My Number One Tip for Relationships in QuarantineCOVID
Hello my friends, I’m so happy to be back here with you all today!
We are entering the eighth week of isolation practices here in the US. Before we get into the depth of my big tip for relationships during quarantine, I just want to say how grateful I am for all of you and for this community. I’m forever thankful for the love and support that we all can share during these very complicated, unprecedented, and unpredictable times.
The tests that life has for us can truly show us what matters, and I want to express my gratitude for you, as a part of this beautiful community, for showing up, and opening your hearts every single week. Now, for why you’re actually here. You want to know my number one tip for relationships during quarantine, (and always) so let’s get to it.
I’ve talked to many people in my life this week who are struggling with their relationships lately, and when you think about it, it makes total sense. This is a completely insane time for relationships. The social aspect of friendship has been completely removed.
The separation from the physical bond of families leaves us feeling even more alone. Single people of the world feel like dating has turned into a bizarre online free fall, and parents have been working double-time as teachers for their children. All of the typical dynamics of relationships, like everything else, have been turned upside down, and we are all managing this differently.
Personally, I experienced this when I felt a family member acting a little distant towards me. I couldn’t figure out why. My first instinct was to assume I had done something wrong.
I pursed through my brain for almost a whole day wondering what it could have been. Was I not being supportive enough? Had I not checked in enough? Did I say something wrong?
I wrote a lot of stories and felt really terrible over the thought that there was something off in my relationship. It turned out that there was nothing really wrong, I was just taking all of these “off” behaviors personally. I was making it about me, rather than realizing that this family member of mine was coping with this new reality in a different way than I might have expected.
So this is my biggest tip for relationships: Don’t take the actions or behaviors of other people, personally. Just don’t. Their behaviors have nothing to do with you. The way they think has nothing to do with you.
Their coping mechanisms have nothing to do with you. Shift your thoughts to the belief that if there’s something wrong, release the need to make it personal. Making it personal, will only bring you more personal suffering, and it doesn’t help you become a more supportive person, or help you understand what could actually be happening, in any relationship that you’re struggling with right now.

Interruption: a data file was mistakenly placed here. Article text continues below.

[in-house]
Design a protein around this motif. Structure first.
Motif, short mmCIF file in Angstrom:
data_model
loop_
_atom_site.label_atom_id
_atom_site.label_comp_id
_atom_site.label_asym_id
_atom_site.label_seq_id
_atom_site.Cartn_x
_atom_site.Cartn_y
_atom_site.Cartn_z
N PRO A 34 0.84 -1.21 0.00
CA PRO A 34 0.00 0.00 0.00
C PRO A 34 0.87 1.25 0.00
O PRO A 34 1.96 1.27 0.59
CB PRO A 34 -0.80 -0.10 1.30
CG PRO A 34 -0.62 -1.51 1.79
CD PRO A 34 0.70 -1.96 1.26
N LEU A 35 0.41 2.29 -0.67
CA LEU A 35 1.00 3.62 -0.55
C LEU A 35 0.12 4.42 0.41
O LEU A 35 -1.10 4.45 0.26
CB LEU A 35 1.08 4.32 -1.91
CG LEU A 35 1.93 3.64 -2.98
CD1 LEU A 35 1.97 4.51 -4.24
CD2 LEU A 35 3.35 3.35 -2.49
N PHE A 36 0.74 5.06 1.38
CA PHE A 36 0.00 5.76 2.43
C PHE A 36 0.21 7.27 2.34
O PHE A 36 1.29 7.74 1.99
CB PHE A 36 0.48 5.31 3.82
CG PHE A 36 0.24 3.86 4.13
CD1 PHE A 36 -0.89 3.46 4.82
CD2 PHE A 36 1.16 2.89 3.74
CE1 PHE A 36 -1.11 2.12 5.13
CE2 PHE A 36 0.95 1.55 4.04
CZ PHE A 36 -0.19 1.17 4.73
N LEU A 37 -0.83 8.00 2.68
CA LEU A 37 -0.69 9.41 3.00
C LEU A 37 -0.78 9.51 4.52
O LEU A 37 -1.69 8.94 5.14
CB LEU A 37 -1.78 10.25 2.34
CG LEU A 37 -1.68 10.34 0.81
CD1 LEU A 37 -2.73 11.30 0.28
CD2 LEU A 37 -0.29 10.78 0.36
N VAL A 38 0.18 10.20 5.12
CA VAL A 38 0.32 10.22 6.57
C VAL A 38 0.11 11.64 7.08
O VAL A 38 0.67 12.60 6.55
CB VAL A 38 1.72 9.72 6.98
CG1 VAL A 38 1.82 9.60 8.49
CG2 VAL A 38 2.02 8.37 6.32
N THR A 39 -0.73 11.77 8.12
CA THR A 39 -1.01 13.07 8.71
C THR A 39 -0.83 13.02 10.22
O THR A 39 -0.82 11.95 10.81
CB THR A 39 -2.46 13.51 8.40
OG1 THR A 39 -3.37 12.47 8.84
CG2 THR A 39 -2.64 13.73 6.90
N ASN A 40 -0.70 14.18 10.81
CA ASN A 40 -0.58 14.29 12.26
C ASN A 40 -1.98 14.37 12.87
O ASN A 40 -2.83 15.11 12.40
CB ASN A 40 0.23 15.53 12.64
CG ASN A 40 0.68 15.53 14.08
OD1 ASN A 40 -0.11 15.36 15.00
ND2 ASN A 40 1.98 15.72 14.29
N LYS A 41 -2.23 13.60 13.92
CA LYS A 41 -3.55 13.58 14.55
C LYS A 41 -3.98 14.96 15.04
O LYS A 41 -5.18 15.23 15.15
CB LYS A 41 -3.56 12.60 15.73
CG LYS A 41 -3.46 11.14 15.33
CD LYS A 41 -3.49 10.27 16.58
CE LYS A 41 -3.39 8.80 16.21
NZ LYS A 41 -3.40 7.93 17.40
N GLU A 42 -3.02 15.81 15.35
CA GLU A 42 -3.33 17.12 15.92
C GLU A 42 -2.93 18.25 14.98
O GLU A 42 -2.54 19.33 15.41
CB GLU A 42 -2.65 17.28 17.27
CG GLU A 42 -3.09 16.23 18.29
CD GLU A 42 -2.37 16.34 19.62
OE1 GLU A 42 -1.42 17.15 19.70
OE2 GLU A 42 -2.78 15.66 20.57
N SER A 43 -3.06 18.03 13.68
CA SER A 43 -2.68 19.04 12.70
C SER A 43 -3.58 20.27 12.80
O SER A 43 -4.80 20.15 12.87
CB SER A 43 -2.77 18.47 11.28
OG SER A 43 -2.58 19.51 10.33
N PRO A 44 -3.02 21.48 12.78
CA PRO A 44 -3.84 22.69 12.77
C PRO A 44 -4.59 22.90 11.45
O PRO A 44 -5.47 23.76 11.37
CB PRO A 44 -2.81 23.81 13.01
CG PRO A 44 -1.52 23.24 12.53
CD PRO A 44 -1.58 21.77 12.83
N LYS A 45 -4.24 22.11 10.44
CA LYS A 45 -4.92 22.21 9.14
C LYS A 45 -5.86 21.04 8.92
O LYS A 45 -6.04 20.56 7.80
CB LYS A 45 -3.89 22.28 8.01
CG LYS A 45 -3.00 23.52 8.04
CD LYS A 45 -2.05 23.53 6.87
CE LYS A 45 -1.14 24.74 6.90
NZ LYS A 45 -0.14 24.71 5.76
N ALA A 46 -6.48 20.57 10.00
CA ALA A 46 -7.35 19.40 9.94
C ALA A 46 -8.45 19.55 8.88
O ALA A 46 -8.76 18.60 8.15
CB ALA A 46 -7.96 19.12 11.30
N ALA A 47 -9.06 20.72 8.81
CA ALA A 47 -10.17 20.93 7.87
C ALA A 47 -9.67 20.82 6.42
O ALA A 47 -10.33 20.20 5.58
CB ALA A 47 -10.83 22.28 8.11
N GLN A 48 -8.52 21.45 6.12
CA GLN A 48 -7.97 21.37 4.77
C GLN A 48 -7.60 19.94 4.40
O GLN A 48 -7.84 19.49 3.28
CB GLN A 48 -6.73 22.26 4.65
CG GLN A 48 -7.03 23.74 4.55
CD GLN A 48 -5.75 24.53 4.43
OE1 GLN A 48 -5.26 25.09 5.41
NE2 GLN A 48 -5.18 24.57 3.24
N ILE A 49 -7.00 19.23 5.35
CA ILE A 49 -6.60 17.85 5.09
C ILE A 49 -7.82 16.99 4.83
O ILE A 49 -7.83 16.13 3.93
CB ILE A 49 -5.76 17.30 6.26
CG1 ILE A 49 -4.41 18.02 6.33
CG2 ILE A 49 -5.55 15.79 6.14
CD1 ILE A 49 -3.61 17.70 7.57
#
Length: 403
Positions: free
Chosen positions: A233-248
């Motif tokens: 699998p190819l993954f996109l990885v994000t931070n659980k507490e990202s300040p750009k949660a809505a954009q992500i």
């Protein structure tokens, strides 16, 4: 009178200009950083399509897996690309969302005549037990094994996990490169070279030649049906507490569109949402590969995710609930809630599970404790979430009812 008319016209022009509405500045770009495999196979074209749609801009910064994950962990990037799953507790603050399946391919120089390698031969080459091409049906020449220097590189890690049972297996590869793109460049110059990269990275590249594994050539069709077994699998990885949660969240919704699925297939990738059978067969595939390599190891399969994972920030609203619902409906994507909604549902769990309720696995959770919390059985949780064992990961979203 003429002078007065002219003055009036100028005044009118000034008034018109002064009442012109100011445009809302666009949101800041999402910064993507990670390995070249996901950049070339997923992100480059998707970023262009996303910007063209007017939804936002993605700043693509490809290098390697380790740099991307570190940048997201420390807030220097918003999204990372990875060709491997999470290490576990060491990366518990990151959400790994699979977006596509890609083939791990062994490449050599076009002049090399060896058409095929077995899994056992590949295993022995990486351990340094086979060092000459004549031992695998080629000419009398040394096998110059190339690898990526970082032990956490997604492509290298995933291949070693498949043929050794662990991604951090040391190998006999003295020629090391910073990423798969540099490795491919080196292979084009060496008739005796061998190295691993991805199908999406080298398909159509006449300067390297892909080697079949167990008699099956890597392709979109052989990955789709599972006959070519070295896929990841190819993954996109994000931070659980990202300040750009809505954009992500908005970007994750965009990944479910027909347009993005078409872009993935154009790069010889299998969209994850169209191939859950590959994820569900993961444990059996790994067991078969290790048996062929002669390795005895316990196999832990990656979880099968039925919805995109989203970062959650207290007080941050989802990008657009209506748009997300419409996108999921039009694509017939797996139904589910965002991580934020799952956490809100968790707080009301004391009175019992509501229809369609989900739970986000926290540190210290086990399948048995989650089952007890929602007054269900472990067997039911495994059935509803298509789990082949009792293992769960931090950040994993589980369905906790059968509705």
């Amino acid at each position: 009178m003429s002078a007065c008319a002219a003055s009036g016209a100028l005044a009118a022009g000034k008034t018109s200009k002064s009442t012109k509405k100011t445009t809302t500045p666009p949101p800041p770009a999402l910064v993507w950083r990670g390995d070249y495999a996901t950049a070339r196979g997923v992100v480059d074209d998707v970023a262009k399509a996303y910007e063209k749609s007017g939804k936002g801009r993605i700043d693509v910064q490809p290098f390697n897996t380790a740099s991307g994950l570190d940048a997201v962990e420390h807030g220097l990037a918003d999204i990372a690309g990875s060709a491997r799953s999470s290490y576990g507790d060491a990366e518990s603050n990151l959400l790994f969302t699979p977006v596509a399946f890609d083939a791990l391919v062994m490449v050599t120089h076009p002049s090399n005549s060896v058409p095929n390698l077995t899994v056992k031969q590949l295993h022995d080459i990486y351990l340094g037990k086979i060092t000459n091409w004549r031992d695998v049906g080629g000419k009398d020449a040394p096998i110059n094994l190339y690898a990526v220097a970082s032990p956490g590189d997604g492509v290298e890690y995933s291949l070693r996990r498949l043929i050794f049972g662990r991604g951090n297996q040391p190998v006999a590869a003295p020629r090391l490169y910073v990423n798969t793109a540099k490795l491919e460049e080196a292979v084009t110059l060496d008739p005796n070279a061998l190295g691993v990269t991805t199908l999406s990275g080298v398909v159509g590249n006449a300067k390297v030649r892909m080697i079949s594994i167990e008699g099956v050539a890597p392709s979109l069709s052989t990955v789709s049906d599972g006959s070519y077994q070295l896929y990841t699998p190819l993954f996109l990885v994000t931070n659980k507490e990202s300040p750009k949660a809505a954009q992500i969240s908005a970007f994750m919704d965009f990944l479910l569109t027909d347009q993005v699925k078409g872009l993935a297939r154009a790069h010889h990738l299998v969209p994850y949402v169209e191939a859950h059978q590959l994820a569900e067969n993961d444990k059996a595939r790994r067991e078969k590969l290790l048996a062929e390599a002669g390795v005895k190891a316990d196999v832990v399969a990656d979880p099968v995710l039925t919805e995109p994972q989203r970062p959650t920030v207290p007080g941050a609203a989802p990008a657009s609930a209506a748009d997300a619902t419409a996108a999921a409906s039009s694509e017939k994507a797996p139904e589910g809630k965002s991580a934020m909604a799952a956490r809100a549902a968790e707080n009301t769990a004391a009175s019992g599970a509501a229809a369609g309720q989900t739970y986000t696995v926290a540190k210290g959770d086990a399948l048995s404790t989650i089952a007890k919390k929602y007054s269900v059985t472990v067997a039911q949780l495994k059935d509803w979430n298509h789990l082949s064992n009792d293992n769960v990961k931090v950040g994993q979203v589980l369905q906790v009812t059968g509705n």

I learned this truth years ago from one of my all time favorite books, The Four Agreements by don Miguel Ruiz. He says not to take anything personally, because nothing anyone ever does is because of you, it’s because of their perception of a situation.
It is especially important during this time, to remember that there are so many dynamics, so many odd circumstances, so many plot-twists, and so many curve balls at play.
Life is not the same as it was eight weeks ago, and truthfully, life will never be the same again. We are grieving what was, and we all grieve differently.
The sudden upheaval of life, the tremendous loss and suffering is a global trauma. We all manage and process trauma differently.
The existential uncertainties and anxieties that make us wonder about our place in this world, and how we can find a way to survive in it, lead us to struggle to understand why this is all happening, and what our lives will look like in this “new normal.” We are doing the best we can and we are coping in our own way. I say all of this, not to sound dark and dramatic, but just to simply highlight this Truth, that no two people will react and process this time, in the same way, and this is totally okay. It is in knowing this, that we can choose how we want to respond, act, and participate with others.
The second we can remember not to take another person’s actions personally is the moment we can find relief and peace. If you find that this is something you struggle with, I hope you can start to weave this truth into your life, and watch how you can let yourself off the hook for the things that you were never able to control in the first place.
When we finally release the habit of taking it all so personally, we can have more time for ourselves, for the positive things we want to focus on, and the aligned actions we can take to strengthen our relationships in a healthy, happy way.
Know and remember that no matter what, you are worthy of love, you are deserving of love, and you are always enough, regardless of the actions that other people take.
Stay safe. Be healthy and well. I love you.
Michelle is Peaceful Mind Peaceful Life's Creative Director and resident writer. She has a degree in Journalism from Indiana University and is also a certified holistic health coach through the Institute for Integrative Nutrition and registered yoga teacher with trainings with Anuttara Yoga Shala and Strala Yoga. Michelle has a deep desire to help people find happiness in all areas of their lives, and truly believes the Peaceful Mind Peaceful Life movement will bring lasting change to the world. Michelle splits her time between Florida and New York City and loves connecting with people from all over the world. If you'd like to contact her, she can be reached at firstname.lastname@example.org